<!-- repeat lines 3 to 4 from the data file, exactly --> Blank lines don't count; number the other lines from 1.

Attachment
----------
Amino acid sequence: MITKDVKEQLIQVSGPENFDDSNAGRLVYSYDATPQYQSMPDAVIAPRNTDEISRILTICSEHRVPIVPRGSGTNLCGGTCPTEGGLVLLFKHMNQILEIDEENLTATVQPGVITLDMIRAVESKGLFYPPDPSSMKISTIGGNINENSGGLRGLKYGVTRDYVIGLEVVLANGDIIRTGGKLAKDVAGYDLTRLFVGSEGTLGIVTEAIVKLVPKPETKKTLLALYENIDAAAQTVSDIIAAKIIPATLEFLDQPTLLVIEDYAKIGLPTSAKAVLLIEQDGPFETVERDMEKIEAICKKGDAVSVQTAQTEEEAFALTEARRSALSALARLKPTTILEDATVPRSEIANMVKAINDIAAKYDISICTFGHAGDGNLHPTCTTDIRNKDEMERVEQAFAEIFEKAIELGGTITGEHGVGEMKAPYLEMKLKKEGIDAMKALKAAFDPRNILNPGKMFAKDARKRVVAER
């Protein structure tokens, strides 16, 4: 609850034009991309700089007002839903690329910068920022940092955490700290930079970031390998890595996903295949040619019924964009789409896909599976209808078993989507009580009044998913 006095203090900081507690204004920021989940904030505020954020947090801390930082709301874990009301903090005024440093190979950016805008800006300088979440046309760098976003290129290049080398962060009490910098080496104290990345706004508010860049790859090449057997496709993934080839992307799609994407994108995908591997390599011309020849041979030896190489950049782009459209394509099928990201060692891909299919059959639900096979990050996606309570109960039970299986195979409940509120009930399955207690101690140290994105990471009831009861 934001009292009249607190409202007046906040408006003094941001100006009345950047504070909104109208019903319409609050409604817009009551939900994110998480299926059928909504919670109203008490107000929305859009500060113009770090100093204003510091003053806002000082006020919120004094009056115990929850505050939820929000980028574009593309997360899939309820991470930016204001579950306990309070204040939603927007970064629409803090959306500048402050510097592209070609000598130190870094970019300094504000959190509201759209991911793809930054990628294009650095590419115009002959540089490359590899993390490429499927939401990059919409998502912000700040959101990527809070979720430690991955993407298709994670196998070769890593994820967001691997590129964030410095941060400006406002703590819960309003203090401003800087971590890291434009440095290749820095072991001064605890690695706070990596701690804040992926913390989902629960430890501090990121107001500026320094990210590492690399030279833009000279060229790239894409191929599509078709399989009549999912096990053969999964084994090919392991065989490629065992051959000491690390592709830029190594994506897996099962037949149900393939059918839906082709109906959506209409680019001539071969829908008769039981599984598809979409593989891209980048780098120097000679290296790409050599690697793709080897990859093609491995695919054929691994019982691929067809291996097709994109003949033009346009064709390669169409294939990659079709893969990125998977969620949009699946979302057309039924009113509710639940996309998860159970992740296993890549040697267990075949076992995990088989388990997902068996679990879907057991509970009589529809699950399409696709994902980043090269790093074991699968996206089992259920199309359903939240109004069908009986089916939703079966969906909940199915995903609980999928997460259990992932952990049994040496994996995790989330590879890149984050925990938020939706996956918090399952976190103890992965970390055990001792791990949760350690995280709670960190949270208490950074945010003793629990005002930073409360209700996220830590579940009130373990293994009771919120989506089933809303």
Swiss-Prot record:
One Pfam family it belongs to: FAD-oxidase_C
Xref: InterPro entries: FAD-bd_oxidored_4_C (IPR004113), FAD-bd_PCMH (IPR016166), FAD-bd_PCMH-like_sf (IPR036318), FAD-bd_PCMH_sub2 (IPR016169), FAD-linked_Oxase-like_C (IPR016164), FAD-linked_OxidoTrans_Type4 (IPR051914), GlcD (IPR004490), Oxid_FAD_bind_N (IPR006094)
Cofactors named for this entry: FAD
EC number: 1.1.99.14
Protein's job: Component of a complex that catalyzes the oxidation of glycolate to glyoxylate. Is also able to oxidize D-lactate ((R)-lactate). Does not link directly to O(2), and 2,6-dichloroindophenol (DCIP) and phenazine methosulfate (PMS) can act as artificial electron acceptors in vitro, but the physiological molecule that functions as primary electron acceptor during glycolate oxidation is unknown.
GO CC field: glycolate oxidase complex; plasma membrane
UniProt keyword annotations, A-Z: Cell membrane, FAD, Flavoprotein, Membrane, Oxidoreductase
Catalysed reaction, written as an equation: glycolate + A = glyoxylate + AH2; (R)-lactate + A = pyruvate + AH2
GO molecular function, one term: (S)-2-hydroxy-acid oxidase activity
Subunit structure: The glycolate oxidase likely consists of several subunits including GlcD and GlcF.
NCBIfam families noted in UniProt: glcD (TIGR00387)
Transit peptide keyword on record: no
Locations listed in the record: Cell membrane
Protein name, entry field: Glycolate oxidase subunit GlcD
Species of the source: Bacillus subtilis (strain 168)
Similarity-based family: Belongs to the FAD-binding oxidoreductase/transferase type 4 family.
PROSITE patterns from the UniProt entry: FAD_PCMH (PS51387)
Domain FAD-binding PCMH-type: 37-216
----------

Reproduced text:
Swiss-Prot record:
One Pfam family it belongs to: FAD-oxidase_C